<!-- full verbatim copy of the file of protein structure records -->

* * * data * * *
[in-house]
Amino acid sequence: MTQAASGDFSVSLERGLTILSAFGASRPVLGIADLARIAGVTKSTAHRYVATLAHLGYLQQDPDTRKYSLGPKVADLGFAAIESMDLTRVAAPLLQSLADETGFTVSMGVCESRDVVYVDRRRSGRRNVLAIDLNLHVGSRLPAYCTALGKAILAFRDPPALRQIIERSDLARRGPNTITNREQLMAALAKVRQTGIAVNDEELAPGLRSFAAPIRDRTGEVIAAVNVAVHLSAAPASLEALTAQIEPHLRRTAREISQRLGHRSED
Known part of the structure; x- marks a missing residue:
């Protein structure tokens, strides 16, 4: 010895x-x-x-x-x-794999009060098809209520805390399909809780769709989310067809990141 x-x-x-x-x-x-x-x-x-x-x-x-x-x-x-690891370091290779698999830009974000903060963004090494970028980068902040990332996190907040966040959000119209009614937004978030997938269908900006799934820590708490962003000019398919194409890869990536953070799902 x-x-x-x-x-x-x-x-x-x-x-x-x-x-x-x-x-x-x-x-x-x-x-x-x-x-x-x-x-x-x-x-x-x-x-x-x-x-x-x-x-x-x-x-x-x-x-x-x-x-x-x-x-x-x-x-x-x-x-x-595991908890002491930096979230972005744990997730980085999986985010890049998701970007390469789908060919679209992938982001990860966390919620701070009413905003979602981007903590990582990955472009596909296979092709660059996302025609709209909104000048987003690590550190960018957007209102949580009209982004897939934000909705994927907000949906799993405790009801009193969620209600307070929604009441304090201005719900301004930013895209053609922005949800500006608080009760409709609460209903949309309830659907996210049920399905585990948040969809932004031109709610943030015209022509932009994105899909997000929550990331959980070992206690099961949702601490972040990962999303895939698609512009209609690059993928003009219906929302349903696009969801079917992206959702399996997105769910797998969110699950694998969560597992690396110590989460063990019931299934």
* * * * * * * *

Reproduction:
[in-house]
Amino acid sequence: MTQAASGDFSVSLERGLTILSAFGASRPVLGIADLARIAGVTKSTAHRYVATLAHLGYLQQDPDTRKYSLGPKVADLGFAAIESMDLTRVAAPLLQSLADETGFTVSMGVCESRDVVYVDRRRSGRRNVLAIDLNLHVGSRLPAYCTALGKAILAFRDPPALRQIIERSDLARRGPNTITNREQLMAALAKVRQTGIAVNDEELAPGLRSFAAPIRDRTGEVIAAVNVAVHLSAAPASLEALTAQIEPHLRRTAREISQRLGHRSED
Known part of the structure; x- marks a missing residue:
């Protein structure tokens, strides 16, 4: 010895x-x-x-x-x-794999009060098809209520805390399909809780769709989310067809990141 x-x-x-x-x-x-x-x-x-x-x-x-x-x-x-690891370091290779698999830009974000903060963004090494970028980068902040990332996190907040966040959000119209009614937004978030997938269908900006799934820590708490962003000019398919194409890869990536953070799902 x-x-x-x-x-x-x-x-x-x-x-x-x-x-x-x-x-x-x-x-x-x-x-x-x-x-x-x-x-x-x-x-x-x-x-x-x-x-x-x-x-x-x-x-x-x-x-x-x-x-x-x-x-x-x-x-x-x-x-x-595991908890002491930096979230972005744990997730980085999986985010890049998701970007390469789908060919679209992938982001990860966390919620701070009413905003979602981007903590990582990955472009596909296979092709660059996302025609709209909104000048987003690590550190960018957007209102949580009209982004897939934000909705994927907000949906799993405790009801009193969620209600307070929604009441304090201005719900301004930013895209053609922005949800500006608080009760409709609460209903949309309830659907996210049920399905585990948040969809932004031109709610943030015209022509932009994105899909997000929550990331959980070992206690099961949702601490972040990962999303895939698609512009209609690059993928003009219906929302349903696009969801079917992206959702399996997105769910797998969110699950694998969560597992690396110590989460063990019931299934």